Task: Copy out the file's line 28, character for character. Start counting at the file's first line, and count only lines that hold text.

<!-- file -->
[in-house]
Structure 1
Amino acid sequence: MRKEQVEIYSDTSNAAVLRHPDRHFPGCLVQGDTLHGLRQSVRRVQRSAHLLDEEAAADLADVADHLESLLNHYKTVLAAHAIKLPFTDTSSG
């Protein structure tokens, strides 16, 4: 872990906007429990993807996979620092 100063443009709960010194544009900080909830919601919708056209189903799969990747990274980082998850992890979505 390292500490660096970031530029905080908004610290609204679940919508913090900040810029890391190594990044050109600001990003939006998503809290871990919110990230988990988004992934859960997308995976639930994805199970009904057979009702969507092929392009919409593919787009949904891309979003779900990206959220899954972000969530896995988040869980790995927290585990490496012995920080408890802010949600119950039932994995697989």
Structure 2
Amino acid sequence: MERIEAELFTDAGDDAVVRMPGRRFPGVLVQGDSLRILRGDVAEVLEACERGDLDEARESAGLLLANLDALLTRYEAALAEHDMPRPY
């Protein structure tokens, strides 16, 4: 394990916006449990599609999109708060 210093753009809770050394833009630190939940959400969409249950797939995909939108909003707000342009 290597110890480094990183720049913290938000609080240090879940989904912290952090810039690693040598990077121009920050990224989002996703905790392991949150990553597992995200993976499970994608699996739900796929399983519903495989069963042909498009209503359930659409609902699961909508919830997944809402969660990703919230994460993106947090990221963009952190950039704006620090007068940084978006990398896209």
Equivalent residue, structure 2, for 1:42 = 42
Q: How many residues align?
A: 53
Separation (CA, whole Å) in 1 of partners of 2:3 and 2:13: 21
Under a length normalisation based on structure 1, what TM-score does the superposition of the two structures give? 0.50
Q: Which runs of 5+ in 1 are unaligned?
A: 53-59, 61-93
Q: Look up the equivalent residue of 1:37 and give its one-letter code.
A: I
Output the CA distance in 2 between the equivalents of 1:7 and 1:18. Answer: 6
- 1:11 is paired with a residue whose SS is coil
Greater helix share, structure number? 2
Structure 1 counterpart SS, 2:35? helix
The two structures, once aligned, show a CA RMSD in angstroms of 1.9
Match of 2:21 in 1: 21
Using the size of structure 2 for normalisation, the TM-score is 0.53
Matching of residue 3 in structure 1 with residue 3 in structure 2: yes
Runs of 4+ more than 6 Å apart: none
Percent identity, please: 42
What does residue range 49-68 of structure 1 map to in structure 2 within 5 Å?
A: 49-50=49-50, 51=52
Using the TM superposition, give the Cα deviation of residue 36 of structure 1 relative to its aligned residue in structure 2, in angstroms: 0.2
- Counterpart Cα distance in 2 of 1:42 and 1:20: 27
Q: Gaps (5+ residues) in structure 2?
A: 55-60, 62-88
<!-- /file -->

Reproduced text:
A: 49-50=49-50, 51=52